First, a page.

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I'm working with a function I found to do this, but I'm trying to make it work with a GMT utc timestamp:

EDIT: Maybe my issue is with how i'm "converting" the user input time to GMT...

I was doing

$the_user_input_date = strtotime('2011-07-20T01:13:00');
$utctime = gmdate('Y-m-d H:i:s',$the_user_input_date);

Does gmdate('Y-m-d H:i:s',$the_user_input_date); not actually "convert" it to gmt? does it just format it? Maybe thats my issue.

Here's what the times I can supply would look like:

//local time in GMT
2011-07-20T01:13:00

//future time in GMT
2011-07-20T19:49:39

I'm trying to get this to work like:

    Started 36 mins ago
    Will start in 33 mins
    Will start in 6 hrs 21 mins
    Will start in 4 days 4 hrs 33 mins

Here's what im working with so far:

EDIT: new php code im working with, seems to ADD 10 HOURS on to my date. Any ideas? I  updated it here:

function ago($from)
 {
  $to = time();

  $to = (($to === null) ? (time()) : ($to));
  $to = ((is_int($to)) ? ($to) : (strtotime($to)));
  $from = ((is_int($from)) ? ($from) : (strtotime($from)));

  $units = array
  (
   "year"   => 29030400, // seconds in a year   (12 months)
   "month"  => 2419200,  // seconds in a month  (4 weeks)
   "week"   => 604800,   // seconds in a week   (7 days)
   "day"    => 86400,    // seconds in a day    (24 hours)
   "hour"   => 3600,     // seconds in an hour  (60 minutes)
   "minute" => 60,       // seconds in a minute (60 seconds)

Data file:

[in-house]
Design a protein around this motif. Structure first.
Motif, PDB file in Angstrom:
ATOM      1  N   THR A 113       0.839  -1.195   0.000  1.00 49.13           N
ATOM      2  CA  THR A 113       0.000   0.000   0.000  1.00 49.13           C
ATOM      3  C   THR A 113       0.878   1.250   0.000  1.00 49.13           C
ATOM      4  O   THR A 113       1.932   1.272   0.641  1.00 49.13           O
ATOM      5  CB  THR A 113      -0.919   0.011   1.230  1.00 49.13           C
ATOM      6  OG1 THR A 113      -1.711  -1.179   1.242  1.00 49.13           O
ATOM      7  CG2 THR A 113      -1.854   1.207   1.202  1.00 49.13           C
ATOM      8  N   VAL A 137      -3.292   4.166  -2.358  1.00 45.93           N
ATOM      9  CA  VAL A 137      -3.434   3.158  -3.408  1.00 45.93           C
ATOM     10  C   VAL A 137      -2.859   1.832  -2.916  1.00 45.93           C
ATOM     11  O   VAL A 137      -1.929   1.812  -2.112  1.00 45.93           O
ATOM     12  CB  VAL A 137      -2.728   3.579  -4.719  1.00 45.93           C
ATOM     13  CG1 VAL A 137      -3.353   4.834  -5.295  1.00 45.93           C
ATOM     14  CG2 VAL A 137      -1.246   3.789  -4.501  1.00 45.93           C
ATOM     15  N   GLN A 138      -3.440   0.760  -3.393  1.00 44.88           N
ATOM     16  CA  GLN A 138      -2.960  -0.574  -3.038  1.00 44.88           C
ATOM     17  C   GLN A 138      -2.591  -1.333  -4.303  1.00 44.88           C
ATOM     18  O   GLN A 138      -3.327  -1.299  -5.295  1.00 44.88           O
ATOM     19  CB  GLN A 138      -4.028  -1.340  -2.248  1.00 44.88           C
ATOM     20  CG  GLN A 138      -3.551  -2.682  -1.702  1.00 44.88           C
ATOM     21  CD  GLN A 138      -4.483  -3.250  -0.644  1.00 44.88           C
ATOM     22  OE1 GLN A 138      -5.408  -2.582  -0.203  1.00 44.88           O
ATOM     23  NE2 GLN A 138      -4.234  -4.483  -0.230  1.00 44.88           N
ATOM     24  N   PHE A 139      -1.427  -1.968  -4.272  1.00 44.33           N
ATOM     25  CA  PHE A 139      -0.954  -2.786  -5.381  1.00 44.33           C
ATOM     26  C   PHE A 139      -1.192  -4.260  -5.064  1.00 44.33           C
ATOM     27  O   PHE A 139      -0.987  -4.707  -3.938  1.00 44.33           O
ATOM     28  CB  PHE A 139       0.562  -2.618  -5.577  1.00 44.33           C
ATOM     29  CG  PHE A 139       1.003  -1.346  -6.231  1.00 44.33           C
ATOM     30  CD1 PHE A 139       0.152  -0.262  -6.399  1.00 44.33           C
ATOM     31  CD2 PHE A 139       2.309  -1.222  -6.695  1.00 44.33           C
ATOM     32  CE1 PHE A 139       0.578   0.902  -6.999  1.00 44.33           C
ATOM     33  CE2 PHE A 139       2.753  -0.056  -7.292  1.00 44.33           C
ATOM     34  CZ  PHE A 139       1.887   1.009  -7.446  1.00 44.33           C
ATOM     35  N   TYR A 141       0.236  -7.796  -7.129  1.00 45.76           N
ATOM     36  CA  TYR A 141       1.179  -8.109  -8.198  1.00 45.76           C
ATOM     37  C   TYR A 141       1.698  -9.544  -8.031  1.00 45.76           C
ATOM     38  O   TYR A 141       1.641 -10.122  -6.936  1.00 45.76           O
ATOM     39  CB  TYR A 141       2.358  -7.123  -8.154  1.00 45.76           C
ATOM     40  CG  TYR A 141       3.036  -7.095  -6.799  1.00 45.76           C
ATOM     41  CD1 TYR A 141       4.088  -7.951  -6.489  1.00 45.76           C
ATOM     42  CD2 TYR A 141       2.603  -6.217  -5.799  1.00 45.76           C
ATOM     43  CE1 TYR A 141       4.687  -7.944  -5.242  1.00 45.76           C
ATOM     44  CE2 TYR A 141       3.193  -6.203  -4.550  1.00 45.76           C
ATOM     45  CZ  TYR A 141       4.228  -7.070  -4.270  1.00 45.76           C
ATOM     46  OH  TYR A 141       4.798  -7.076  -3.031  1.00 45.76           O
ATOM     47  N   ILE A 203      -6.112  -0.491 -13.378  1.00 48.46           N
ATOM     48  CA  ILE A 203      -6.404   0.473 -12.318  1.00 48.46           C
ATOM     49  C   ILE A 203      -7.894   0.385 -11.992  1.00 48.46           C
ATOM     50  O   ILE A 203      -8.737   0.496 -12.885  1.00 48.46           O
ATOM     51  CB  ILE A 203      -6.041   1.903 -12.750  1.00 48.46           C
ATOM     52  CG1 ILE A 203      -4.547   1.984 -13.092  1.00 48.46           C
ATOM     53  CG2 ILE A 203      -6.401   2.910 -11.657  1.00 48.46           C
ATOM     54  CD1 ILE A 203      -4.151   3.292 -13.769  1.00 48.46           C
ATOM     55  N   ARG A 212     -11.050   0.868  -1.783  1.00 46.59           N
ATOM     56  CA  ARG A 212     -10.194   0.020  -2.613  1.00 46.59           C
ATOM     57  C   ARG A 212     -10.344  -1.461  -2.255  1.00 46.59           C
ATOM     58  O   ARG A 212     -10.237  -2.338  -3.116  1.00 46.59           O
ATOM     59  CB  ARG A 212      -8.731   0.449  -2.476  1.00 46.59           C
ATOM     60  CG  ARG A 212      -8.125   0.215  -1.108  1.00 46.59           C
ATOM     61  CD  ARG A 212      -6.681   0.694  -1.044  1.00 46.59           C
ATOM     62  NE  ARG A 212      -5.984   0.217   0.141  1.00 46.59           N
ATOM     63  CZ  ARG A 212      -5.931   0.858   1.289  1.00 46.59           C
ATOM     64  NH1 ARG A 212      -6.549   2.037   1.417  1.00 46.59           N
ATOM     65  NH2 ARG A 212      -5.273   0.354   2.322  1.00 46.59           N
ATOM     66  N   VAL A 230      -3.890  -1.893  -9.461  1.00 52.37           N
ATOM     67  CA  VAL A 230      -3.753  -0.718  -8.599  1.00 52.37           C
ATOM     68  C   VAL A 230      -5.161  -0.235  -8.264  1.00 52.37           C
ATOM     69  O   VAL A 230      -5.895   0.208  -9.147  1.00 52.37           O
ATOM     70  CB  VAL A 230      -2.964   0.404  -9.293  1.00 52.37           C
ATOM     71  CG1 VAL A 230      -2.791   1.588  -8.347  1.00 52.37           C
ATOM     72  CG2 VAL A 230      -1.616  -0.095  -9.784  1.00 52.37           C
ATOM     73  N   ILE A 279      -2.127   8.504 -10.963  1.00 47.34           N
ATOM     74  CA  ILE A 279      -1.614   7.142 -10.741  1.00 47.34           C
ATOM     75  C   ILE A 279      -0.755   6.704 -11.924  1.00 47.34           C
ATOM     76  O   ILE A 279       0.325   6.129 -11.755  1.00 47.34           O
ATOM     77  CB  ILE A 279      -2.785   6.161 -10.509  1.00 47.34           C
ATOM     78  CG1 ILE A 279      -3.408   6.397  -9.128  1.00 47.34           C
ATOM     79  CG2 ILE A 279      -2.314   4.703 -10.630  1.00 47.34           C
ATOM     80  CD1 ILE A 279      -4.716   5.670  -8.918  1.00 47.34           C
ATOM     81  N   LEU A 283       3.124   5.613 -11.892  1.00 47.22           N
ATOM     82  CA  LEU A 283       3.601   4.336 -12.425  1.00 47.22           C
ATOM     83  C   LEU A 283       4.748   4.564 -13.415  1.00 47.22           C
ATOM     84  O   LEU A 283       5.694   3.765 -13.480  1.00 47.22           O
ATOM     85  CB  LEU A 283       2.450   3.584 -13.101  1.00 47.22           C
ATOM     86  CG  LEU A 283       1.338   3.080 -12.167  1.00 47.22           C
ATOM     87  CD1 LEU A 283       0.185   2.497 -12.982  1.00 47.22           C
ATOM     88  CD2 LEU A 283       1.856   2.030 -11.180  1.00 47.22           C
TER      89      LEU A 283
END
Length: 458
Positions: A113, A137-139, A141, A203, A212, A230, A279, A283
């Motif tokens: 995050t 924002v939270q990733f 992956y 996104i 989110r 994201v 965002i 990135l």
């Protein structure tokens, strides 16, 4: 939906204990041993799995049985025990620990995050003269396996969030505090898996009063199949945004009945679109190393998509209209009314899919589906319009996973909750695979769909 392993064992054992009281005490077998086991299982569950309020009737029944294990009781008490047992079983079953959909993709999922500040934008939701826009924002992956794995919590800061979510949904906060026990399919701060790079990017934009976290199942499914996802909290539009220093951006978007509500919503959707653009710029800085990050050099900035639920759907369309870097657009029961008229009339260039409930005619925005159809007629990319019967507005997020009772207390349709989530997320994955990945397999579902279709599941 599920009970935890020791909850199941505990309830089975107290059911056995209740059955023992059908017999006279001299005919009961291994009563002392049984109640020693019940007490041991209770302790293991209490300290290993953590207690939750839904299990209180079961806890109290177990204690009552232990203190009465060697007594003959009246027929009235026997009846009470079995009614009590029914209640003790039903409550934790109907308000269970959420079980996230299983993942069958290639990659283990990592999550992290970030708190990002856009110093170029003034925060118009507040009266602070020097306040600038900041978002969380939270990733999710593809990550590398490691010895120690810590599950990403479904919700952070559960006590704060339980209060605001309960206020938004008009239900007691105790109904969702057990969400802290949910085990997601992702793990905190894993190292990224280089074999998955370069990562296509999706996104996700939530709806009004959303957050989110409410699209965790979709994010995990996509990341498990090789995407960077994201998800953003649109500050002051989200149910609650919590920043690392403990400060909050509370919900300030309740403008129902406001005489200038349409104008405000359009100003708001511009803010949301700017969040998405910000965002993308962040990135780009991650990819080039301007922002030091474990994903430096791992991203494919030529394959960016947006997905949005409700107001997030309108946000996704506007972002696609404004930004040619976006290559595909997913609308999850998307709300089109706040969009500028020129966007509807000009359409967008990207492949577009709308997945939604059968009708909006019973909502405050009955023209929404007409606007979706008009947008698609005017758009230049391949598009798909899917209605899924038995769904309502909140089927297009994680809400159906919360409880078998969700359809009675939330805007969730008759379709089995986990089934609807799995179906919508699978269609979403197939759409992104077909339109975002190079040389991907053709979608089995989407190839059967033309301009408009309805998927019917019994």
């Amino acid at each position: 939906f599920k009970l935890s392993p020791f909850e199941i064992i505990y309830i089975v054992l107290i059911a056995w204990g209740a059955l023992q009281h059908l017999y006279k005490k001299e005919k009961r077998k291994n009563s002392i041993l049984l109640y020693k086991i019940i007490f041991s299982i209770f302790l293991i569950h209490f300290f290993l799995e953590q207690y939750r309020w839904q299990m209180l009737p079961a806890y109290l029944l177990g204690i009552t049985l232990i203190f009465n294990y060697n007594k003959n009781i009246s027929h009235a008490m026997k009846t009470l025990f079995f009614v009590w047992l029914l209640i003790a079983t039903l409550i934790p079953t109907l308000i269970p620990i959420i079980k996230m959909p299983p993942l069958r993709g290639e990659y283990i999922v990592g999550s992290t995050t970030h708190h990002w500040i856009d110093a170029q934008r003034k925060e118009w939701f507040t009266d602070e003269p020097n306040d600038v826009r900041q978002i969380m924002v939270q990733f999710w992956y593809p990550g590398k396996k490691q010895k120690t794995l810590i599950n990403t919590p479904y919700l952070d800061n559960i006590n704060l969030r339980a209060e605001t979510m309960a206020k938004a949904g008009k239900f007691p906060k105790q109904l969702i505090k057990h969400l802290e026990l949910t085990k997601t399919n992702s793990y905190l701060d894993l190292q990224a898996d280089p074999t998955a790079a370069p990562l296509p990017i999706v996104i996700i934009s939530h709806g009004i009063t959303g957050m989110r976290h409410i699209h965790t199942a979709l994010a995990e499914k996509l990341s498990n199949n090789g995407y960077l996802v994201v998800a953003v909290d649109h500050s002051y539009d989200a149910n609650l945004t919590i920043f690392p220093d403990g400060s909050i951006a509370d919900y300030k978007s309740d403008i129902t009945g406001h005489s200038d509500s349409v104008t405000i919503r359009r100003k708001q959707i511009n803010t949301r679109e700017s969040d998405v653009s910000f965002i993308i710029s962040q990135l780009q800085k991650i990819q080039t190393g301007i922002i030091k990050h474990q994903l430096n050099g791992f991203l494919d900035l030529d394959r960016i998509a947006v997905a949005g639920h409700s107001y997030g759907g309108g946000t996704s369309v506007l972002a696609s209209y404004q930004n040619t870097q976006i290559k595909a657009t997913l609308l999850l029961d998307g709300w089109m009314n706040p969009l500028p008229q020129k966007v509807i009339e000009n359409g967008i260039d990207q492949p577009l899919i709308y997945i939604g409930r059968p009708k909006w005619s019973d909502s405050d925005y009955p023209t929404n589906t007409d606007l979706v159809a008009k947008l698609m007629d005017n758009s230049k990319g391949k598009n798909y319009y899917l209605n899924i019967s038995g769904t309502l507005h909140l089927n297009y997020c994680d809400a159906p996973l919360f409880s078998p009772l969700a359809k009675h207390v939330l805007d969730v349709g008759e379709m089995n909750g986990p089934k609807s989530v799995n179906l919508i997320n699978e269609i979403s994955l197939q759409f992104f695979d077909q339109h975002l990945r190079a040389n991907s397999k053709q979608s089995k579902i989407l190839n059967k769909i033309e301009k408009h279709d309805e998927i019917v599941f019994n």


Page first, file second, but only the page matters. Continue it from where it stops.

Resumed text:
"second" => 1         // 1 second
  );

  $diff = abs($from - $to);
  $suffix = (($from > $to) ? ("from now") : ("ago"));

  foreach($units as $unit => $mult)
   if($diff >= $mult)
   {
    $and = (($mult != 1) ? ("") : ("and "));
    $output .= ", ".$and.intval($diff / $mult)." ".$unit.((intval($diff / $mult) == 1) ? ("") : ("s"));
    $diff -= intval($diff / $mult) * $mult;
   }
  $output .= " ".$suffix;
  $output = substr($output, strlen(", "));

  return $output;
 }

@Jason

I tried what you suggested here:

function ago($dateto)
    {
      $datetime1 = new DateTime( $dateto);
      $datetime2 = new DateTime();
      $interval = $datetime1->diff($datetime2);
      // print_r($interval);

      $format = '';
      if ($interval->h) {
              $format .= ' %h ' . ($interval->h == 1 ? 'hour' : 'hours');
      }
      if ($interval->i) {
              $format .= ' %i ' . ($interval->i == 1 ? 'minute' : 'minutes');
      }
      // more logic for each interval

      if ($format) {
              echo $interval->format($format), ' ago';
      }
      else {
              echo 'now';
      }
    }

It always seems to add 10 hours on to my time.

Any ideas what could be going on?

Maybe an error lies with how I'm saving the target time? When someone submits a time its converted and stored like this

The user submitted time will always start out looking like this as their local time: 07/20/2011 11:00 pm

Then:

$time = mysql_real_escape_string($_POST['time']);

$the_date = strtotime($time);

//make user input time into GMT time
$utctime = gmdate('Y/m/d H:i:s',$the_date);

$query = "INSERT INTO $table (time) VALUES ('$utctime');";
mysql_query($query);
share|improve this question
    
What version of PHP are you using? A lot of this functionality is built into the DateTime classes in PHP >= 5.3. –  Jason McCreary Jul 21 '11 at 0:07
    
PHP 5.2 FastCGI is what it's currently set to according to my host provider. It gives me an option to select PHP 5.3 FastCGI If I make the switch. How might I do what I'm trying to accomplish? –  brybam Jul 21 '11 at 0:31